turbosupercharger, Prestone radiators, and landing gear, @ecause of the greater nacelle length it was logical to e.tend them into booms to carry the empennage (ngineering-wise they add nothing or subtract nothing that could not have been achieved in other ways ?ecessity was truly the mother of invention in the evolution of the Lightning design -he Army specifications, laid down in <=3;, were such that power re)uirements were greater than could be obtained from any single engine then available +uperior speed, rapid climb, high ceiling, and great firepower were the principal ob0ectives demanded by the Army -o them we added placement of firepower where it would be most effectiveAahead of the pilot and below his line of vision to provide une.celled visibility and a distinct advantage in shooting -he pilot can pick up his target )uicker and need not get it at the precise ape. of a cone of fire such as is necessary when the guns are mounted in the wings -he P-38 is now credited with speeds above #8: mph -his high speed, plus great maneuverability due to new booster-type aileron control, plus added dive control obtained by specially designed wing flaps, result in a tremendous combat advantage now being demonstrated daily all over the world An all-metal, mid-wing, single seater fighter, the P-384s wing is of full cantilever design, constructed in five components2 center section, outer panels and tips -he center section, forward booms, and gondola-type fuselage are 0ig mated and bolted together 7ain structural members of the center section are a main beam,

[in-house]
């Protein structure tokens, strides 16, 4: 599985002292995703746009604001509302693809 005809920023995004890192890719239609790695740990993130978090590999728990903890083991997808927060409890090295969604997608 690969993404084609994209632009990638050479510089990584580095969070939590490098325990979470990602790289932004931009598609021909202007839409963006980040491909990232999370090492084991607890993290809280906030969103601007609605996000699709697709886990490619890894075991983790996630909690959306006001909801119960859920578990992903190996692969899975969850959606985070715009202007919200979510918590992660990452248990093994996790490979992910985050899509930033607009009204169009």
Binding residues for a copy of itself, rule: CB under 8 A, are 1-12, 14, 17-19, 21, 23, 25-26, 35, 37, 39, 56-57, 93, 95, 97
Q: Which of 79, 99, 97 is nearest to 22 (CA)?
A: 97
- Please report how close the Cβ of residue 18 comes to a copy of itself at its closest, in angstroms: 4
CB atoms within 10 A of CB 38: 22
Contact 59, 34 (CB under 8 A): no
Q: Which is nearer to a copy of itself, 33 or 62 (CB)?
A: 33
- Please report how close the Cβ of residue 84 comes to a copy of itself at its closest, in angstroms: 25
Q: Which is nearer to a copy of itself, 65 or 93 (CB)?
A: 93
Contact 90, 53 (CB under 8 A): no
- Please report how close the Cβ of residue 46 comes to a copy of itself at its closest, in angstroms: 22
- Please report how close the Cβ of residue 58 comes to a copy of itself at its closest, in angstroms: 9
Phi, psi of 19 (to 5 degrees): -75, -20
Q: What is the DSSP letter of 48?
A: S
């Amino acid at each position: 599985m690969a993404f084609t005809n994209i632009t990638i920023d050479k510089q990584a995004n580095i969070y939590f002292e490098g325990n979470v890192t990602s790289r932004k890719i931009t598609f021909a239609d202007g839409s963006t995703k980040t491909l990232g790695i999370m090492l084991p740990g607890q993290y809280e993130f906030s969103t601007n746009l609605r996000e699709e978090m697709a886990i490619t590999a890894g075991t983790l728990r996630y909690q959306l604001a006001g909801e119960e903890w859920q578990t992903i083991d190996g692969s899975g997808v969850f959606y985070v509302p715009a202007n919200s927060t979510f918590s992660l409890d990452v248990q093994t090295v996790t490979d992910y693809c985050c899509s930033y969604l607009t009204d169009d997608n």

located at 3: percent chord, front and rear shear beams, tied together with corrugated and flat 8#+- to form a bo. section in which space is provided for fuel cells -he main beam is double web, bo. type in the center section, and a single web, modified !agner type in the outer wing, the two sections being 0oined together by means of bolts A partial front shear web e.tends from the side of the fuselage to the engine nacelle and in combination with the continuous full-span rear shear beam, completes the torsion structure of the wing *pper and lower center section main beam caps are 8#+- e.trusions connected with sheet metal shear webs -he rear face of the beam is strengthened with <8 e.truded stiffeners spaced about 6 in apart, and seven bulkheads along the span act as additional stiffeners &ront face of the main beam is truss or open construction for the center 3$ in, which allows for accessibility and for location of pulleys and other connections to the cockpit -hickness of the beam caps tapers from the center toward the outboard ends to save weight where less strength is re)uired -his taper ranges from ;><6 in thickness at the inboard end to B in at the edge of the fuselage and back to almost ;><6 in again at the outboard ends -he inboard end is thinner to permit bending of cap e.trusions for the re)uired dihedral -he main beam varies from a depth of <= in at +tation $ at its inboard end, which is the center line of the airplane, to l3C in at the point of attachment of the outer panel -he bo. beam is composed of the main beam, rear shear beam, and upper